Sheil Catholic Center’s annual mitten tree supports community during holiday season


Evan Robinson-Johnson/Daily Senior Staffer

Sheil Catholic Center. Catholic students and faculty hope that Biden’s faith will guide him to work toward Catholic social goals such as racial and socioeconomic justice, as well as preserve the sanctity of life.

Sophia Scanlan, Assistant Sports Editor

Each year during the holidays, a small Christmas tree stands by one of the windows in the Sheil Catholic Center— and it’s not just a decoration.

Beside the tree are two tables that hold printed cutouts of mittens, each with a requested gift typed on it. Sheil employees, churchgoers and Northwestern students stop by the tree, pick up paper mittens, purchase the gifts and return them to the center, where they will be wrapped and delivered to people in need.

“It’s the whole community participating,” campus minister Tim Higgins said.

Higgins, who coordinates the mitten tree activities, said the tradition began sometime before his arrival in 2002. The recipients of the gifts have changed over the years, but this holiday season, the donations will go to three primary groups.

Hoodies and bath products will go to the Precious Blood Ministry of Reconciliation — a restorative justice community between Fuller Park and Englewood — where people at the ministry distribute them to at-risk youth, many of whom have been incarcerated, Higgins said.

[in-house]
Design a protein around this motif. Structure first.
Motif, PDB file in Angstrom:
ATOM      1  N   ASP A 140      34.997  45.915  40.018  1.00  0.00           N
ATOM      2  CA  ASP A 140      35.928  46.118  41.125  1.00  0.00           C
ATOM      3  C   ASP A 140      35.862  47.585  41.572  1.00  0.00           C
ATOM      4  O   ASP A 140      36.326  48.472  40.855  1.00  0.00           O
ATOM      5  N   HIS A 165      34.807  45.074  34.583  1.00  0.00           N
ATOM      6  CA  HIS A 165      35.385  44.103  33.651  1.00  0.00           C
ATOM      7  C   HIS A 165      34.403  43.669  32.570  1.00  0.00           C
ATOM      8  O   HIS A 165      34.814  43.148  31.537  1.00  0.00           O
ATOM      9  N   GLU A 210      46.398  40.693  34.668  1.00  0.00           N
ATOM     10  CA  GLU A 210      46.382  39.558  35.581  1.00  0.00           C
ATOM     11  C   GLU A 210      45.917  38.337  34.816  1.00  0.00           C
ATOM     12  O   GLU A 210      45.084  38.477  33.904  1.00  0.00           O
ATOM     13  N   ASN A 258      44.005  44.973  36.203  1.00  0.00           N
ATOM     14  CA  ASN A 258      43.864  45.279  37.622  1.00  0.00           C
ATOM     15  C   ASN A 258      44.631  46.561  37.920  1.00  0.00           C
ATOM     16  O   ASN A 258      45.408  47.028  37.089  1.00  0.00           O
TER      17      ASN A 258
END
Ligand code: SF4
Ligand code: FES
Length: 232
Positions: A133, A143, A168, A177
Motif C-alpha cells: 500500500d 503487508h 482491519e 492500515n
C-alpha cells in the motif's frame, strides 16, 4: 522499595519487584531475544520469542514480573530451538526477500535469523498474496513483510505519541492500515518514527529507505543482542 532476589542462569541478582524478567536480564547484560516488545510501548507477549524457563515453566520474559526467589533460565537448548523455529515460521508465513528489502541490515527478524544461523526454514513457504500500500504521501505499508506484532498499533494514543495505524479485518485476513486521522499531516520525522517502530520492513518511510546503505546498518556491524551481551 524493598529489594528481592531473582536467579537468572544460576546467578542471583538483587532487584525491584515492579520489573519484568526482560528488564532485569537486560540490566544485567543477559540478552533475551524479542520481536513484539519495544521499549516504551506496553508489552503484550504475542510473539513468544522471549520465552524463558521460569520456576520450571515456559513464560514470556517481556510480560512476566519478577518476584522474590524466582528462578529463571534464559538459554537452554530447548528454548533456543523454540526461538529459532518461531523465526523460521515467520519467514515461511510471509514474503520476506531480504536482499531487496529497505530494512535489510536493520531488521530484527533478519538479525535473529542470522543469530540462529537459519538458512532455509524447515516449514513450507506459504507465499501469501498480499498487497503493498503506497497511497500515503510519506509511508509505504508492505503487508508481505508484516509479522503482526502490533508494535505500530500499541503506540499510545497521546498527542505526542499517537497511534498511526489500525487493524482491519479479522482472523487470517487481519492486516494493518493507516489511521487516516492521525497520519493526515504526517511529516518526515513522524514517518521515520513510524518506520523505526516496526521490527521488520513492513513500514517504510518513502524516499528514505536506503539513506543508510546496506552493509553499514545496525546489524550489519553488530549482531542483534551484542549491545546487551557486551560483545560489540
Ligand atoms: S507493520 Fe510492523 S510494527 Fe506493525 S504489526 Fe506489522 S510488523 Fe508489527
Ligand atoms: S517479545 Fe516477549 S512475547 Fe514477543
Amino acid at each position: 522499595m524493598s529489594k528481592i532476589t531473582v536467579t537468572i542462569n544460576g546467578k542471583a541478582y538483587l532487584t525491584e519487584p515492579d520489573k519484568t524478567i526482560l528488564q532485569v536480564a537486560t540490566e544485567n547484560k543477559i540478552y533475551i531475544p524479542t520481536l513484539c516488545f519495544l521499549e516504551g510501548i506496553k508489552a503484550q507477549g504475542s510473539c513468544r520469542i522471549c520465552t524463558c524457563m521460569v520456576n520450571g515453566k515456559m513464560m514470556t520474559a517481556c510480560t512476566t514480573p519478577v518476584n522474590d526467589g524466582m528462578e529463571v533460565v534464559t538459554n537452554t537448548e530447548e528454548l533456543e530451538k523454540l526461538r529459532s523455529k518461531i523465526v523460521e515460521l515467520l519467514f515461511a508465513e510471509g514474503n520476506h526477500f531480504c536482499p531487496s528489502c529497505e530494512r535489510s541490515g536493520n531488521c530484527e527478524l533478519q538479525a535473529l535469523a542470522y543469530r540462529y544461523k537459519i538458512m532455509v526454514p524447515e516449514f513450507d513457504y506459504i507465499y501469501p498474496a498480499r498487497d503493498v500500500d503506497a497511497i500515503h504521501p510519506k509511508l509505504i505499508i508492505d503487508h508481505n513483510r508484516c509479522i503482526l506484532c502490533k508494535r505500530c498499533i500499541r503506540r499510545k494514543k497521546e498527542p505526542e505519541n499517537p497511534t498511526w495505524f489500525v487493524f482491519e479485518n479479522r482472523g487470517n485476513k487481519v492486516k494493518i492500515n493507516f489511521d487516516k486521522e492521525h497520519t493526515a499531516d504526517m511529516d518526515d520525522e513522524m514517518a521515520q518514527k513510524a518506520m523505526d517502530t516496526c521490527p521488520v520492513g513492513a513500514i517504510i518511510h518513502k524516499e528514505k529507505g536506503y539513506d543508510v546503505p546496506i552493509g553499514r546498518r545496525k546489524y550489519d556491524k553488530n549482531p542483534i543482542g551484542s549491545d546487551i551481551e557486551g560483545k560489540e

Hilda’s Place, a homeless shelter under the umbrella organization Connections for the Homeless, will receive items like hats, gloves, socks and underwear. Various Evanston families will get backpacks with art and school supplies.

Higgins said Sheil receives the names of participating Evanston families from the Society of St. Vincent de Paul, which gets names from other Catholic churches in Evanston like St. Nicholas, St. Athanasius and St. Mary.

St. Vincent de Paul often provides new names, but Higgins said many families from previous years ask for services again.

“A lot of times, we end up engaging with the same families every year, so you build a relationship,” Higgins said. “Our list has grown because we’ve developed relationships.”

Higgins said sometimes families invite him into the house for food or drink when he’s delivered gifts, and he’s gotten to know some of them outside of the mitten tree tradition as a fellow Evanston resident.

Sociology Prof. Christine Percheski, who attends mass at Sheil, also enjoys participating in the tradition, which she’s done for the past several years.

She said she uses the tree as an opportunity to talk with her 5-year-old daughter about the importance of recognizing how fortunate they are to have “material things” as well as good health, family and friends.

“That’s a little tricky to explain to a 5-year-old, but it’s really important to start early explaining to kids about inequality and injustice,” she said.

Abby Smith, a third-year statistics graduate student, is getting involved with the tree for the first time this year. As a service chair for Graduate Women Across Northwestern, Smith said she wanted to involve the graduate community in this project.

“Graduate students want to be involved in service but can’t make longer-term commitments,” she said. “And so I thought this would be a great way to give back over the holidays.”

On Thursday, Smith and a group of graduate women will shop for gifts, wrap them and deliver them.

Smith, who was active at her church in Baltimore, said she was happy to get involved with service here.

“I’ve done things like this before, but it’s always stopped at the wrapping phase,” she said. “Getting to deliver to the kids — that will be really great and special.”

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